Endoscopic sphenopalatine artery ligation is widely accepted as effective and safe for acute spontaneous epistaxis that is unresponsive to conservative management. As with many new procedures, it has been progressively adopted as common practice, despite a limited evidence base for its efficacy. Early reviews called for comparative trials to support its adoption, but subsequent literature largely consists of case series and narrative reviews. These have attempted to derive an algorithm to establish its place in management, but consensus is still lacking. Intuitively, although there are theoretical objections, an operation regarded as relatively simple, fast and safe hardly seems to demand high-level evidence of efficacy. Rhinologists may be influenced by years of personal experience and success with the technique. However, estimates of the effect size and the added contribution to traditional surgical management are lacking. If the procedure could be shown to dramatically influence outcome, it should be standard practice and indispensable for all patients requiring operative intervention.

Concepts: Evidence-based medicine, Randomized controlled trial, Effectiveness, Efficacy, Meta-analysis, Sphenopalatine artery, Epistaxis, Kiesselbach's plexus


To optimize the outcome of transnasal endoscopic sphenopalatine artery ligation (TESPAL) by determining the key surgical steps and applying them accordingly.

Concepts: The Key, Sphenopalatine artery, Epistaxis, Kiesselbach's plexus, Sphenopalatine foramen


The aim of this study is to present our management protocol of sphenopalatine artery bleeding, demonstrating that nasoendoscopic cautery (NC) was a more effective method than the nasal packing, in terms of shorter inpatient stay and reduced complications rate. We present ten posterior epistaxis not resolved by nasal packing. Tabotamp(®) was placed in the area of sphenopalatine foramen and/or in those parts of the posterior nasal cavity, where it was suspected that bleeding origins. In two cases, the bleeding was resolved in this way, instead eight cases needed of subperiosteal cauterization of sphenopalatine artery by Dessi bipolar forceps (MicroFrance(®)). 4 of these 8 patients evidenced a remarkable bleeding removing nasal packing (Hb before-nasal packing = 15 ± 0.69 versus Hb after-nasal packing = 13.3 ± 0.81; t student = 2.94; p value = 0.025). These four patients showed a deviation of the nasal septum ipsilateral to epistaxis, and according our experience, a traumatism of sphenopalatine area can be caused by Merocel(®) nasal packing in this condition. During follow-up, no recurrences of nasal bleeding have been observed in such patients. Nasal packing must be considered if posterior epistaxis is severe, but always taking into account the specific anatomy of patient and in particular septal spurs that can further compromise sphenopalatine artery. In our experience, the endoscopic endonasal cauterization of the sphenopalatine branches represented a safe and effective procedure.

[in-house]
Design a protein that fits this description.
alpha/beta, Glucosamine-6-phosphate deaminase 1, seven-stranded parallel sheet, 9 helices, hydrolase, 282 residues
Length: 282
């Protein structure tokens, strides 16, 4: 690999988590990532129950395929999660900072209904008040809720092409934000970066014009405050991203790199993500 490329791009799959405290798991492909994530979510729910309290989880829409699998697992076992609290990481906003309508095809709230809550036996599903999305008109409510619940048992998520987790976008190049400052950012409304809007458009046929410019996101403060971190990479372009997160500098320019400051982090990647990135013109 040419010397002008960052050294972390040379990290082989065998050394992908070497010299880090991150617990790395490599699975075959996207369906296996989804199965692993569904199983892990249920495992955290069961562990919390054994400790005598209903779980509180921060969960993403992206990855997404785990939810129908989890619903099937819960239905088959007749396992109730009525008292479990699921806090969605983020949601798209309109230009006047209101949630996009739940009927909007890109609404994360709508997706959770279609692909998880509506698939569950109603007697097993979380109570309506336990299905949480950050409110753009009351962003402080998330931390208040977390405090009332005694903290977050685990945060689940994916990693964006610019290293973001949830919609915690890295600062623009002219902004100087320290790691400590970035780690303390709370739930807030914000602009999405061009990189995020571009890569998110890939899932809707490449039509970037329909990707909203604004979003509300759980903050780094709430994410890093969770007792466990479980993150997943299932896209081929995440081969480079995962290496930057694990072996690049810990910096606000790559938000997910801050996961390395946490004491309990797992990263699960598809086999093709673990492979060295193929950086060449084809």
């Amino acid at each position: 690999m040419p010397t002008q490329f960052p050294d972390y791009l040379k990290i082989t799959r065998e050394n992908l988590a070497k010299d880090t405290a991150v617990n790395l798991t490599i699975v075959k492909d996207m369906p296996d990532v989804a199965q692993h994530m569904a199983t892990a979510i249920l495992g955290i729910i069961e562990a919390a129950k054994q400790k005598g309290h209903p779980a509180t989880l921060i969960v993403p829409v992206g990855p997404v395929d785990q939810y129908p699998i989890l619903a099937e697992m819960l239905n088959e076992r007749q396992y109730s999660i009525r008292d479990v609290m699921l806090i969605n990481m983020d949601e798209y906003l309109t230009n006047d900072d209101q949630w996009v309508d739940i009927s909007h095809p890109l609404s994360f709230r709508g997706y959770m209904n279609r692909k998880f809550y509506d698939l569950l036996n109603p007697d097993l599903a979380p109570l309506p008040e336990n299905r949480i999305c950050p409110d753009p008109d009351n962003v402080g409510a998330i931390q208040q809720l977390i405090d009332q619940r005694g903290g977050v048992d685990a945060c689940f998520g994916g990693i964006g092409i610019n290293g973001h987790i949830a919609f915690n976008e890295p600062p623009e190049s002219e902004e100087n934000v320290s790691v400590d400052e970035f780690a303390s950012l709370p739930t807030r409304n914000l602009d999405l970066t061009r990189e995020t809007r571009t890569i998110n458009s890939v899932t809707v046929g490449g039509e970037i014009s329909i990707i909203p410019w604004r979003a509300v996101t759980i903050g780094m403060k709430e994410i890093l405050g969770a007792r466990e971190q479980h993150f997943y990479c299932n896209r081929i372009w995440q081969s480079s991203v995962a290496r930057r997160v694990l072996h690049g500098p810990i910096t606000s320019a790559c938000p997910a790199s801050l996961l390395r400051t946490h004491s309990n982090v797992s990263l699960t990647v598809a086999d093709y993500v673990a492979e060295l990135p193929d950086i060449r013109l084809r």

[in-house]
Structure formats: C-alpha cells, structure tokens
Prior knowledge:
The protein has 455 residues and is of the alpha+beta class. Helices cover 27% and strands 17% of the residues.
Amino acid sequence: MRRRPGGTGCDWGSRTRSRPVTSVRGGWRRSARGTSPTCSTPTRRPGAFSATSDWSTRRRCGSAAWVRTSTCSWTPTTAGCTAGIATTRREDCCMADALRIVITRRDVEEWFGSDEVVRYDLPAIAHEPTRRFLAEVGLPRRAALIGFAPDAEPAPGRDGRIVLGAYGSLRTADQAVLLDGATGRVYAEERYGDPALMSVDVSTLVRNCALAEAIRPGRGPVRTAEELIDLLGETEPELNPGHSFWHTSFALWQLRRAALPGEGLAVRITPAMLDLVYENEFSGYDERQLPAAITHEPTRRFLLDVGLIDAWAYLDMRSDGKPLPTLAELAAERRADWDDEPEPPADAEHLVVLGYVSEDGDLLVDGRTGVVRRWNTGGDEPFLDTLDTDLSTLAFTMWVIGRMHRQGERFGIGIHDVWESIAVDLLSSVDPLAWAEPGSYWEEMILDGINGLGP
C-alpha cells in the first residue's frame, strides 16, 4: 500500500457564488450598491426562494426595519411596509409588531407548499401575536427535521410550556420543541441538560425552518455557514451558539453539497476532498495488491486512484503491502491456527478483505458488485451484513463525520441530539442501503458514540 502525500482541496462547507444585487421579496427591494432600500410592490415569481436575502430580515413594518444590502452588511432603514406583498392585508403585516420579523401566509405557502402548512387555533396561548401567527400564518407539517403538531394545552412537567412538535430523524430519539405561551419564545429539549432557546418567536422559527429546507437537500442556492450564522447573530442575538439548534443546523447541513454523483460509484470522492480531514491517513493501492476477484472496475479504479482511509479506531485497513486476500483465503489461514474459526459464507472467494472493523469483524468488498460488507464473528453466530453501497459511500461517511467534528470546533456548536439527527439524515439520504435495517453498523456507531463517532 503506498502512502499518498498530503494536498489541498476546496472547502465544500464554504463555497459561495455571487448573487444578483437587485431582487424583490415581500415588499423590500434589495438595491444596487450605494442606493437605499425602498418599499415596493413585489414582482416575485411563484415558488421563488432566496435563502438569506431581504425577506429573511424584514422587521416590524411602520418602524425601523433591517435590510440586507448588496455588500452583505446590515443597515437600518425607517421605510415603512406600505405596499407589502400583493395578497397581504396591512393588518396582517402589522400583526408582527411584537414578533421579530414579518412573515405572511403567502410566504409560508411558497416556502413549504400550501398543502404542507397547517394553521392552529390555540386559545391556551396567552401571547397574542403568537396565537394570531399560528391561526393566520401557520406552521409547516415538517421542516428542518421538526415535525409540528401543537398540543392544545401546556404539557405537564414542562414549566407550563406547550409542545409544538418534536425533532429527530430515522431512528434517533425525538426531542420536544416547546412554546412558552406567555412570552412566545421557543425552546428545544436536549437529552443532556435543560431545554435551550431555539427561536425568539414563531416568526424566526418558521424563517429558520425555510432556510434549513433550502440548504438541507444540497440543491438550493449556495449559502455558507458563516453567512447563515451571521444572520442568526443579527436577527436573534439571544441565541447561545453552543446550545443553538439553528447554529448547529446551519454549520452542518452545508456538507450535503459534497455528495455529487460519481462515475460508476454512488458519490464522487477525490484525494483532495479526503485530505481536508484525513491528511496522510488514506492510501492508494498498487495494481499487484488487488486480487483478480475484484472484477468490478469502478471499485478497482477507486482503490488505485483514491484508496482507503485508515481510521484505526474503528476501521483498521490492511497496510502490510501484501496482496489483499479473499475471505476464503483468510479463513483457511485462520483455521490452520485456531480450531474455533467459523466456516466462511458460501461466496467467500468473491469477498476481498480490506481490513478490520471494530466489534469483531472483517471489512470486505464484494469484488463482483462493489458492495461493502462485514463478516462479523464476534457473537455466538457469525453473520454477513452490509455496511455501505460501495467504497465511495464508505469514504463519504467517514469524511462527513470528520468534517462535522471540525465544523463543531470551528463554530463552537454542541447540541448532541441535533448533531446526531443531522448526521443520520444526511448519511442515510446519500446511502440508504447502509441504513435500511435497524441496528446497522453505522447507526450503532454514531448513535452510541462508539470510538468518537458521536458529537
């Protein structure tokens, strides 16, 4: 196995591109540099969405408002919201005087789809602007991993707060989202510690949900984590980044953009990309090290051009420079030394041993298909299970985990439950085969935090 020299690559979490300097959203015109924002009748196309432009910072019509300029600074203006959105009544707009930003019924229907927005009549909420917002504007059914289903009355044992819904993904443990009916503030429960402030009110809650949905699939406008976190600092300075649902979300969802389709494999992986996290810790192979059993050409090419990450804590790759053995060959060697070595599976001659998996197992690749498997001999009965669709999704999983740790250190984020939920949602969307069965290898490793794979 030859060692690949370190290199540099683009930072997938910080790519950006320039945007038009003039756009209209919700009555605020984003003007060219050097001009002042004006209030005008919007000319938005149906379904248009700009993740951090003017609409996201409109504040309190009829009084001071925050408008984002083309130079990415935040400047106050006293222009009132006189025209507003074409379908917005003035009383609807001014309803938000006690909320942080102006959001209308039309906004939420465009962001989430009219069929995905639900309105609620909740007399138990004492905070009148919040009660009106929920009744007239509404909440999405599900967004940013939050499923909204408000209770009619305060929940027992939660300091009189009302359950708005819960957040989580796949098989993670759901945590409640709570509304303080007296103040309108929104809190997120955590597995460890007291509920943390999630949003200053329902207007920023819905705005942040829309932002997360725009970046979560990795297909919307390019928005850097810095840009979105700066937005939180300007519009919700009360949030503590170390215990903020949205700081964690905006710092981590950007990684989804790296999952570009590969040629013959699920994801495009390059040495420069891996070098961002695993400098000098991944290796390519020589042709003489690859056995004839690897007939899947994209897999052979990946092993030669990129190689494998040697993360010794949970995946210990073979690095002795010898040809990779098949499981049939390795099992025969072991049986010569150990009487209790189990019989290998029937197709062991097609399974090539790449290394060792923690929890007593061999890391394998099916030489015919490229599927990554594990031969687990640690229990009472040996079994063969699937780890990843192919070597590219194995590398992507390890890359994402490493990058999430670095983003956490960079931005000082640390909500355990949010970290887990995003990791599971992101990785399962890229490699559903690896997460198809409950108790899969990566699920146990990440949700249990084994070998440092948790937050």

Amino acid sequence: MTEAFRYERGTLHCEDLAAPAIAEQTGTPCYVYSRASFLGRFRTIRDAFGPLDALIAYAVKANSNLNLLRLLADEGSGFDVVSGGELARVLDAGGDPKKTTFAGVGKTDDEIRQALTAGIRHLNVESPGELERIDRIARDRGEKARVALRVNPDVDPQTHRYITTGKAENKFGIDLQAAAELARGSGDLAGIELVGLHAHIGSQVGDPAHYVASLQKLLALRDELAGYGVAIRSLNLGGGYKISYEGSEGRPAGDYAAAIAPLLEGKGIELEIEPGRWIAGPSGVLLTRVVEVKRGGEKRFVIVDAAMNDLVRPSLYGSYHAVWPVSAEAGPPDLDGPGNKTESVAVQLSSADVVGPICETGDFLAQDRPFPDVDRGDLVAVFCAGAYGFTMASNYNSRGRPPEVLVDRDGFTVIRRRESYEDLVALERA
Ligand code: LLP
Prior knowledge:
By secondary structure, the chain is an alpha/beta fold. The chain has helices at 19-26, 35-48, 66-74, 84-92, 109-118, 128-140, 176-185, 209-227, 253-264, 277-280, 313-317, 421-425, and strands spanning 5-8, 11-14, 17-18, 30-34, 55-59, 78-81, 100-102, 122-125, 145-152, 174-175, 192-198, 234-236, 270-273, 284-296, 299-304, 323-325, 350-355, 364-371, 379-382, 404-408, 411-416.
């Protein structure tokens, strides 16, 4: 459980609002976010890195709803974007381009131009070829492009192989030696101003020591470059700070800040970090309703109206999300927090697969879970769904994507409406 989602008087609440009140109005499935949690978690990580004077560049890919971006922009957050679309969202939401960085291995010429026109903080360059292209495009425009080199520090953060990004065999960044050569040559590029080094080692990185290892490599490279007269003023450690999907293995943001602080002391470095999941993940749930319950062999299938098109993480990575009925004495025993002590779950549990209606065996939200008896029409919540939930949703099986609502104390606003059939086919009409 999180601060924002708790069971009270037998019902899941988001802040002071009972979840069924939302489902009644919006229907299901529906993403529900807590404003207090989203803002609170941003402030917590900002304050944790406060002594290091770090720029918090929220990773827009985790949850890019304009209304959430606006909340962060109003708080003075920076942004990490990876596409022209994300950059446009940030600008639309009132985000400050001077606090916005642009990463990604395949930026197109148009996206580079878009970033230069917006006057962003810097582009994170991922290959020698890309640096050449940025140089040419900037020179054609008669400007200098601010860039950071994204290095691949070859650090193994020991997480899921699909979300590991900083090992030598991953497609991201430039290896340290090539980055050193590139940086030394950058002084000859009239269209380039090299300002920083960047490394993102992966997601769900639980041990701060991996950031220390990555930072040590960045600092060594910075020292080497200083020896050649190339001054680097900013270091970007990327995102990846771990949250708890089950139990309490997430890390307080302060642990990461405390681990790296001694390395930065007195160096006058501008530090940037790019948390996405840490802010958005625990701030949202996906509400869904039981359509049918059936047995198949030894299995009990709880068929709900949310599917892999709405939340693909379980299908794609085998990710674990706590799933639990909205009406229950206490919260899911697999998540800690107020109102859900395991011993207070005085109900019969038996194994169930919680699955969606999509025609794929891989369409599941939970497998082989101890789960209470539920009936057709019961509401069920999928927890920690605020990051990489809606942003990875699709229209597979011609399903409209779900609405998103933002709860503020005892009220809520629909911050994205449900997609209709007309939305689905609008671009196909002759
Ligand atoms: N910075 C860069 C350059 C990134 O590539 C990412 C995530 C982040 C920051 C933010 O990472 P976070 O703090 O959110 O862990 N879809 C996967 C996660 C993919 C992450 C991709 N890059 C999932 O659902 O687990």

Concepts: Blood, Anatomy, Nasal cavity, Sphenopalatine artery, Nasal septum, Nasopalatine nerve, Epistaxis, Kiesselbach's plexus


In severe cases of epistaxis, in spite of several procedures described in the literature for its management, surgical treatment has been recognized by most authors as 1 of the most effective, especially when it includes ligation and/or electrocoagulation of the nasal branches of the sphenopalatine artery. The objective of this study is to determine the importance of ethmoid crest resection during sphenopalatine artery surgery, in the management of severe epistaxis.

Concepts: Surgery, Coronary artery bypass surgery, Sphenopalatine artery, Bones of the head and neck, Epistaxis, Kiesselbach's plexus, Sphenopalatine foramen, Ethmoid sinus


Many patients with severe epistaxis benefit from endoscopic intervention for control of bleeding. Critical maneuvers to improve endoscopic visualization during surgery include head-of-bed elevation, application of topical vasoconstrictors, and local injection of vasonstrictors. Controlled, hypotensive anesthesia may also decrease intraoperative blood loss and improve visualization during surgery. Intractable posterior epistaxis can be controlled with high rates of success with endoscopic sphenopalatine artery ligation. Although less common, intractable anterior epistaxis may be controlled by anterior ethmoid artery ligation once this artery is identified as the primary source. Less common sources of severe epistaxis are also discussed in this article.

Concepts: Blood, Surgery, Bleeding, Anesthesia, Al-Andalus, Sphenopalatine artery, Epistaxis, Kiesselbach's plexus


The treatment of epistaxis sometime requires an embolization. This may result in ischemic palate necrosis, oronasal communication and dental losses. The repair of these lesions is complex.

Concepts: Blood vessel, Management, Sphenopalatine artery, Epistaxis, Kiesselbach's plexus